Harnessing AI and Automation to Combat Payer Denials

April 2, 2024

In the intricate landscape of healthcare, payer denials pose a significant challenge for providers. In recent years, denial rates have increased partly due to payers’ use of artificial intelligence (AI). With the click of a button, dozens of claims can be denied not from a lengthy medical review process, but from insurance plans incorporating their own set of robotics and AI algorithms.  

These denials are often the result of errors in coding, documentation or authorization, and can lead to substantial lost reimbursement for care already provided. In addition to the lost revenue, CMS estimates these denials add more than $7.2 billion in administrative costs annually that providers spend on the appeals process.

What are your peers saying?

Michele Forgues Lackie, the chief financial officer at UW Medicine’s Valley Medical Center, recently talked to R1 about this pervasive issue. “Denials are at an all-time high. There’s no question,” she said. She believes this is happening because many providers lack the necessary automation resources to fight the payer’s AI technology.

Similarly, Jim Wilson, the chief financial officer at Mayo Clinic Health System agrees that denials – and payer-provider relationships in general – seem to be getting harder. He recently told R1, “The best way to win a payer-provider disagreement is with facts and the use of data-driven analytics.” He says that using technology and data to back-up a provider’s position regarding medical treatment is key to receiving the right payment and can help clarify the appropriate course of action in a particular situation and potentially expedite the resolution of denials.  

Defying denials early

The best way to fight denials is to avoid them in the first place. The multi-faceted approach to claims management starts with negotiating solid payer contracts and continues with submitting clean claims. This up-front work involves a considerable amount of manual, repetitive processes, including ensuring all payer-specific coding guidelines are met, verifying proper eligibility and authorizations, providing detailed clinical documentation, following agreed-upon timelines and more, all of which work together to reduce denials. 

John Mordach, the chief financial officer at Jefferson Health and Jefferson Health Plans, agrees. He says it is crucially important to prioritize work such as the pre-approval process and insurance verification. He also notes it is important to make sure the disease group, treatment category and insurance match up, and says if this work is not done at the beginning, denials are bound to follow.  

While these tasks can be time consuming and take a toll on staff capacity, many of them can be automated to reduce errors, free up staff for more high-touch areas and shorten the claim cycle so providers can get reimbursed faster.     

Mordach states that Jefferson Health has implemented some technology to combat denials. “One of the things we’ve done is adopt more technology, particularly with robotic process automation (RPA) and artificial intelligence,” he said. Mordach explains they are using RPA to pull information and data that is then quickly sent back to the insurance plan when they believe something has been erroneously denied. This proactive approach has resulted in prompt responses and recovery of funds initially denied or rejected.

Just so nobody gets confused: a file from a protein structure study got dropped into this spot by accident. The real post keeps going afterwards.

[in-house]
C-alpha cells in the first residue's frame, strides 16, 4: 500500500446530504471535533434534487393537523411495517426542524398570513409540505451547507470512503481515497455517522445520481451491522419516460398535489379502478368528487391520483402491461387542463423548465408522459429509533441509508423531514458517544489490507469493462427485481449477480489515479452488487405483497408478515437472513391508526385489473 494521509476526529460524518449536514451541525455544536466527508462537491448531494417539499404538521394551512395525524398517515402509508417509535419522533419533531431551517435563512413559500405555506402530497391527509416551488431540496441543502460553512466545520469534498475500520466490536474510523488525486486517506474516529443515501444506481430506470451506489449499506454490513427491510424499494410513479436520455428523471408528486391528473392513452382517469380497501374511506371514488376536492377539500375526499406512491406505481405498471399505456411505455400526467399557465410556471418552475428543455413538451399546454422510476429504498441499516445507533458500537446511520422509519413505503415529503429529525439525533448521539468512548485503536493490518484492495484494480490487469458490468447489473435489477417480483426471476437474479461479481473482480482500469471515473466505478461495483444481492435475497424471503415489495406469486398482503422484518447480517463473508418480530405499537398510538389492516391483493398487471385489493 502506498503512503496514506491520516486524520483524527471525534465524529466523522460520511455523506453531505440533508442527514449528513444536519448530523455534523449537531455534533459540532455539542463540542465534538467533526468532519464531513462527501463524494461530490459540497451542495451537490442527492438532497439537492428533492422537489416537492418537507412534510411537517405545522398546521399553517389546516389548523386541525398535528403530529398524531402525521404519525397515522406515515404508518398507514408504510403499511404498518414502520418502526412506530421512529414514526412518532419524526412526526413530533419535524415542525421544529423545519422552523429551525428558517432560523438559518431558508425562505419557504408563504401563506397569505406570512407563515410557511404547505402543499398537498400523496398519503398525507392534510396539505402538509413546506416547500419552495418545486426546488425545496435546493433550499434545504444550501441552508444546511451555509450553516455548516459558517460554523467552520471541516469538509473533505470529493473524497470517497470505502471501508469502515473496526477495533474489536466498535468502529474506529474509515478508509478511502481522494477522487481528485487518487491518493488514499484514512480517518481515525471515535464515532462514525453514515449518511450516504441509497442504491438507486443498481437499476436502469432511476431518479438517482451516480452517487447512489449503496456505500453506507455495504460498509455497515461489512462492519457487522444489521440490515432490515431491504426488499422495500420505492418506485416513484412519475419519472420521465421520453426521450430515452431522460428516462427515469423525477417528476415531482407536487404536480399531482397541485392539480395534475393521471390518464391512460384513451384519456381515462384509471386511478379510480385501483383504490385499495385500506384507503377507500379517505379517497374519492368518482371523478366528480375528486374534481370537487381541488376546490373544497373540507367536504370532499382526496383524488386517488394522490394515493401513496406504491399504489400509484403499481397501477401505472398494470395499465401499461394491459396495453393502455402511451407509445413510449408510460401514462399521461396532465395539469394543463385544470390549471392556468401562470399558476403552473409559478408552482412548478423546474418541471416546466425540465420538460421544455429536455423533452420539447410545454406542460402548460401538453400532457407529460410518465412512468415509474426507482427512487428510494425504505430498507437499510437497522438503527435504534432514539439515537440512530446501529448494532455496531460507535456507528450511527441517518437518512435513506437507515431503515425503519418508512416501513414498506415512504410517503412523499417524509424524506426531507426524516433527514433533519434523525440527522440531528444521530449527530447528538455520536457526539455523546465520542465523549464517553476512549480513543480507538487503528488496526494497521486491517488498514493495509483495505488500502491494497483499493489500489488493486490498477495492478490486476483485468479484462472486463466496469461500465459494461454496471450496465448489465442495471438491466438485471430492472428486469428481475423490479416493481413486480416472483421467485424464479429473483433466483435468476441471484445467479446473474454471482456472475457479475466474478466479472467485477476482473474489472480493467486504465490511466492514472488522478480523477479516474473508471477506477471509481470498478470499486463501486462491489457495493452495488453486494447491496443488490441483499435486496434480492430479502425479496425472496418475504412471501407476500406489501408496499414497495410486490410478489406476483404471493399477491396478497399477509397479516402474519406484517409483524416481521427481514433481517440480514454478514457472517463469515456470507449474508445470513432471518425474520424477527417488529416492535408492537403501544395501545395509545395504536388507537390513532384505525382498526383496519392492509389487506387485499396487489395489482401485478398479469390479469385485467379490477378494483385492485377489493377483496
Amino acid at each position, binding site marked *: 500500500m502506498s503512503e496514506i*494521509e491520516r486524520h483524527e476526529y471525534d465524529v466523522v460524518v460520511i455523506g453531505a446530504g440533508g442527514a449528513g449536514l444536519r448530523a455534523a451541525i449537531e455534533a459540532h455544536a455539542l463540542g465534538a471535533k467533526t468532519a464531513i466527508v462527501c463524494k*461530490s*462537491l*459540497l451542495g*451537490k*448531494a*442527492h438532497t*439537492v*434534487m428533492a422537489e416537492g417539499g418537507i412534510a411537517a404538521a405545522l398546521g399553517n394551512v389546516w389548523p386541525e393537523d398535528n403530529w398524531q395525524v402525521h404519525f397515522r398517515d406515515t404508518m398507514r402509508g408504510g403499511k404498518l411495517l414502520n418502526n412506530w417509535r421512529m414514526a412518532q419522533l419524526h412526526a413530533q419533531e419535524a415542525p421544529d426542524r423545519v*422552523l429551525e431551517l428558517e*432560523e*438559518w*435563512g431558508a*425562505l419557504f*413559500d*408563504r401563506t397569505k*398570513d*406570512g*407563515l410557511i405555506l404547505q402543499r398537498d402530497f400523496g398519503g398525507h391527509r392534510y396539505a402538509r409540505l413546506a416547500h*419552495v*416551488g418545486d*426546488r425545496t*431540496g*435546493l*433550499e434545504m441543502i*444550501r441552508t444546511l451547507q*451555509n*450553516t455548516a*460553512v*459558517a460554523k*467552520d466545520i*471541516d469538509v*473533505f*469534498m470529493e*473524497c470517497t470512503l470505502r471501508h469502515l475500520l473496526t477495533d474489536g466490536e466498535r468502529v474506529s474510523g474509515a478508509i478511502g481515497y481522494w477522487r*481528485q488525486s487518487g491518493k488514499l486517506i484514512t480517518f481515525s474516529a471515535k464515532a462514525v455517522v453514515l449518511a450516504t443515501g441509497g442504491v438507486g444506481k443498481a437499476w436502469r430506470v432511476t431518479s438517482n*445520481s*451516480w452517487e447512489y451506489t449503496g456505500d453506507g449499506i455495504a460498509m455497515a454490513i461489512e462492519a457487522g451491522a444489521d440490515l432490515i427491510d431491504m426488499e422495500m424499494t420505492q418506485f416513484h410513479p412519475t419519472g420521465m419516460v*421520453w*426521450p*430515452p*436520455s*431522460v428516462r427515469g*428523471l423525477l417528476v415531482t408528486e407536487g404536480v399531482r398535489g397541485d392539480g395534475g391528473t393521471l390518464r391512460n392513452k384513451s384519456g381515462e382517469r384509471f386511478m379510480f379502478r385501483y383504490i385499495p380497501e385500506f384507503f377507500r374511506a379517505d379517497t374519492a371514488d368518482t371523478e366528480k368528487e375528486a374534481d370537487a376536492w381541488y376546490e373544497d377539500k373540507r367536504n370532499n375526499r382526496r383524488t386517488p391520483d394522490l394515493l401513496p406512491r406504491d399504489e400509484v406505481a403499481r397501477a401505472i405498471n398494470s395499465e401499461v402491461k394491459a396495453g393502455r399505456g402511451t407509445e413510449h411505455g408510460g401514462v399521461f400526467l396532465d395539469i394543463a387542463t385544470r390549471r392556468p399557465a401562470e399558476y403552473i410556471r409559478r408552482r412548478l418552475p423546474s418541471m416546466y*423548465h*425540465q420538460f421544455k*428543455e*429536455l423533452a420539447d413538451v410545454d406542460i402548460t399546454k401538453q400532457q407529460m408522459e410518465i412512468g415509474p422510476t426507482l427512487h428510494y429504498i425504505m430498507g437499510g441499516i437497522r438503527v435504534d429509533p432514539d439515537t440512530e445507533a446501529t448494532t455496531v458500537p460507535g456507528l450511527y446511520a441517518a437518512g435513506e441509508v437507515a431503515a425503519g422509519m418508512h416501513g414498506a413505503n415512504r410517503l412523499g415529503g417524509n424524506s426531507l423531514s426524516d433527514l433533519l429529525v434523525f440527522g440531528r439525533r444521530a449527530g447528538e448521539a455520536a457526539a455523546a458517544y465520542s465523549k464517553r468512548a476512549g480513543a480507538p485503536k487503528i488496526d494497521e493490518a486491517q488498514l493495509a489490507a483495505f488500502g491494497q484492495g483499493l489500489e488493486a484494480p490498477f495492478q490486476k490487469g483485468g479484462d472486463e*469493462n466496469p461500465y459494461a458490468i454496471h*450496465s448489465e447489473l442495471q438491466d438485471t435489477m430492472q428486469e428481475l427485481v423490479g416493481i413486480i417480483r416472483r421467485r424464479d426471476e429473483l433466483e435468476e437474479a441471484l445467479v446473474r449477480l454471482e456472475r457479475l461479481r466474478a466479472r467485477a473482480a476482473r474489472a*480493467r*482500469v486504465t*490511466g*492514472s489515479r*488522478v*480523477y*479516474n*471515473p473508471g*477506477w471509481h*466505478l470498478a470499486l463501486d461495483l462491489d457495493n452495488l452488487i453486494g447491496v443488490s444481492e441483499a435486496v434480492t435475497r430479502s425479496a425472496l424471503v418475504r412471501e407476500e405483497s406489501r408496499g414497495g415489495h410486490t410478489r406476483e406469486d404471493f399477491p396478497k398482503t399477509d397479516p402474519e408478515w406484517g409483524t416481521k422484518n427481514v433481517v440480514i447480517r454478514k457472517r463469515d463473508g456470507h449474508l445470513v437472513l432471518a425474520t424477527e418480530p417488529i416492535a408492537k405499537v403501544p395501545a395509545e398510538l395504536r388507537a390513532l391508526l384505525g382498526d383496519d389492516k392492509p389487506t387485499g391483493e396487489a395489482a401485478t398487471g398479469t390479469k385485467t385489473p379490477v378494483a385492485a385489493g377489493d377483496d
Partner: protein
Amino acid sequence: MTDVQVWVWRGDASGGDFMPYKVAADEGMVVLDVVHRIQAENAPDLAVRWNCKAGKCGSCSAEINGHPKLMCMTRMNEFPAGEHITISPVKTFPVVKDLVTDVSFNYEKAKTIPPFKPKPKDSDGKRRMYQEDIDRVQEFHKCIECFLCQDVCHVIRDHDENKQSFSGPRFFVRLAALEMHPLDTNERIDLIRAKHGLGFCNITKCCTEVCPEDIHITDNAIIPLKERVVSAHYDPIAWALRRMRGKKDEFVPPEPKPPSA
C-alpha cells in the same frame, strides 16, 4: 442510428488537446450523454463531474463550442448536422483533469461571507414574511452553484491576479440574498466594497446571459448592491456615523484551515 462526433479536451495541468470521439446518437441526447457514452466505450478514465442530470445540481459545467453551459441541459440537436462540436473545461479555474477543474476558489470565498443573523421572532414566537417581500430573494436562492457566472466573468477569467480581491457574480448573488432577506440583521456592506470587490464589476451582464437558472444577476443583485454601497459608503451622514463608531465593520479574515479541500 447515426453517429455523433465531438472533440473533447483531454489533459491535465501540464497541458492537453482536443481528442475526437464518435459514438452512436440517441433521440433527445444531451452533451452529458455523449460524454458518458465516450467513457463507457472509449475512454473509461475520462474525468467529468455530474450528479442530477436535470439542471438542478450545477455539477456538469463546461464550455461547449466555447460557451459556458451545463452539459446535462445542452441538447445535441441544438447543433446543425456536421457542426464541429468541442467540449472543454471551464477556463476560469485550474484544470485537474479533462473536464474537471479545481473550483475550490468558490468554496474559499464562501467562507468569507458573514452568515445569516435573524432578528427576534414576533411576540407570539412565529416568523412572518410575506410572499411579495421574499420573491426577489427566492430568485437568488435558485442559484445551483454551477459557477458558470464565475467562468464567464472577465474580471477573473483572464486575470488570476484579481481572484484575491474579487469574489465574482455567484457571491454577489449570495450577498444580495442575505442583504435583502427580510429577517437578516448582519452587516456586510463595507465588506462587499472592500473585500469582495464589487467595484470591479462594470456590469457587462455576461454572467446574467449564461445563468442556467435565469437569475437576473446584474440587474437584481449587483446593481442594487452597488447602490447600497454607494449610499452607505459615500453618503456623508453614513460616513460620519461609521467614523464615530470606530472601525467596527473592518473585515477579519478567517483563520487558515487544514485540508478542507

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Learn how R1 can help combat payer behavior challenges, including how we helped hold AR days steady for our clients, while the rest of the industry saw an increase of 8% in AR days.


The role of AI and automation in denial management 

AI and automation can play a pivotal role in denial prevention, management and recovery by streamlining processes, reducing errors and enhancing efficiency. Below are four ways in which automation can be used by providers. 

  1. Preventing denials
    AI can help prevent denials by identifying potential issues before claims are submitted. For instance, AI can analyze historical data to predict which claims are likely to be denied based on factors such as diagnosis, treatment and insurance plan. This allows providers to address potential issues proactively, reducing the likelihood of denials.
  2. Automating routine tasks
    Automation can handle repetitive tasks such as insurance verification and pre-authorization, reducing the risk of human error. This not only improves accuracy but also frees up staff to focus on more complex tasks. 
  3. Analyzing denial patterns
    AI can analyze patterns in denials, identifying common reasons for rejections. This information can be used to improve processes and training, reducing the rate of denials over time. 
  4. Streamlining appeals
    When denials do occur, AI can help streamline the appeals process. AI can automatically generate appeal letters based on the specific reasons for a denial, saving time and improving the chances of successful appeals. 

Key takeaways  

As healthcare systems continue to grapple with the challenge of payer denials, AI and automation offer powerful tools for prevention, analysis and response. By reducing errors, streamlining processes, providing valuable insights and reducing administrative burdens, these technologies can help healthcare providers protect their revenue and focus on their primary mission: delivering high-quality patient care.

As the industry continues to evolve, the adoption and integration of AI and automation in denial management will undoubtedly become increasingly critical.  

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